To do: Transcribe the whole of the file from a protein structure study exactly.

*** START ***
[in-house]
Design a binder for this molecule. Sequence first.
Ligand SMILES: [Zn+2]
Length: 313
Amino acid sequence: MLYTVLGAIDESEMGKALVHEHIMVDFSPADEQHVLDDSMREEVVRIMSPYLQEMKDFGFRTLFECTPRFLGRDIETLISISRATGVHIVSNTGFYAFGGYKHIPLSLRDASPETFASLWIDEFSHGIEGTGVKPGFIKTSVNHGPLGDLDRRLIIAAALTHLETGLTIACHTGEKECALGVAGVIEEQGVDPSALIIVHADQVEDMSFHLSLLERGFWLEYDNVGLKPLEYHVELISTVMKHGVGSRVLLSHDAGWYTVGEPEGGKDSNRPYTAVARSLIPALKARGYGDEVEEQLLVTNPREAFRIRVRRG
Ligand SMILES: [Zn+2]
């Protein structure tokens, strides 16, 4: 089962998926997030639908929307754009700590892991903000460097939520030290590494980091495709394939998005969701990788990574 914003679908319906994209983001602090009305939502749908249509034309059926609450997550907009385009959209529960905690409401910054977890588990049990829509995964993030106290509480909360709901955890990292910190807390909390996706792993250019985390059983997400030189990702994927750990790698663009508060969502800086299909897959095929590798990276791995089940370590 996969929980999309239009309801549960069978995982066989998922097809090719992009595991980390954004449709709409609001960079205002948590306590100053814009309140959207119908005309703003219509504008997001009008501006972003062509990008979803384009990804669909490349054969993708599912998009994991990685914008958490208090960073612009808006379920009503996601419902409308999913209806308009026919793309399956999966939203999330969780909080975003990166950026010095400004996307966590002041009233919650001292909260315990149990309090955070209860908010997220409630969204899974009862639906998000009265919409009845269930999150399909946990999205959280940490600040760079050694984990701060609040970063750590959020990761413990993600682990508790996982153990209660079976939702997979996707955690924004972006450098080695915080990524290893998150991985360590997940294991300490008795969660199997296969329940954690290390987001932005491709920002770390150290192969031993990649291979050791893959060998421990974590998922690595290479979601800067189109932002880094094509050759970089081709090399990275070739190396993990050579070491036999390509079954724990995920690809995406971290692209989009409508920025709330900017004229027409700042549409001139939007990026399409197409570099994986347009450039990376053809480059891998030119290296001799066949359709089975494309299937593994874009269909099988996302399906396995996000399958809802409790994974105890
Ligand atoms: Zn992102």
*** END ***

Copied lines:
[in-house]
Design a binder for this molecule. Sequence first.
Ligand SMILES: [Zn+2]
Length: 313
Amino acid sequence: MLYTVLGAIDESEMGKALVHEHIMVDFSPADEQHVLDDSMREEVVRIMSPYLQEMKDFGFRTLFECTPRFLGRDIETLISISRATGVHIVSNTGFYAFGGYKHIPLSLRDASPETFASLWIDEFSHGIEGTGVKPGFIKTSVNHGPLGDLDRRLIIAAALTHLETGLTIACHTGEKECALGVAGVIEEQGVDPSALIIVHADQVEDMSFHLSLLERGFWLEYDNVGLKPLEYHVELISTVMKHGVGSRVLLSHDAGWYTVGEPEGGKDSNRPYTAVARSLIPALKARGYGDEVEEQLLVTNPREAFRIRVRRG
Ligand SMILES: [Zn+2]
């Protein structure tokens, strides 16, 4: 089962998926997030639908929307754009700590892991903000460097939520030290590494980091495709394939998005969701990788990574 914003679908319906994209983001602090009305939502749908249509034309059926609450997550907009385009959209529960905690409401910054977890588990049990829509995964993030106290509480909360709901955890990292910190807390909390996706792993250019985390059983997400030189990702994927750990790698663009508060969502800086299909897959095929590798990276791995089940370590 996969929980999309239009309801549960069978995982066989998922097809090719992009595991980390954004449709709409609001960079205002948590306590100053814009309140959207119908005309703003219509504008997001009008501006972003062509990008979803384009990804669909490349054969993708599912998009994991990685914008958490208090960073612009808006379920009503996601419902409308999913209806308009026919793309399956999966939203999330969780909080975003990166950026010095400004996307966590002041009233919650001292909260315990149990309090955070209860908010997220409630969204899974009862639906998000009265919409009845269930999150399909946990999205959280940490600040760079050694984990701060609040970063750590959020990761413990993600682990508790996982153990209660079976939702997979996707955690924004972006450098080695915080990524290893998150991985360590997940294991300490008795969660199997296969329940954690290390987001932005491709920002770390150290192969031993990649291979050791893959060998421990974590998922690595290479979601800067189109932002880094094509050759970089081709090399990275070739190396993990050579070491036999390509079954724990995920690809995406971290692209989009409508920025709330900017004229027409700042549409001139939007990026399409197409570099994986347009450039990376053809480059891998030119290296001799066949359709089975494309299937593994874009269909099988996302399906396995996000399958809802409790994974105890
Ligand atoms: Zn992102």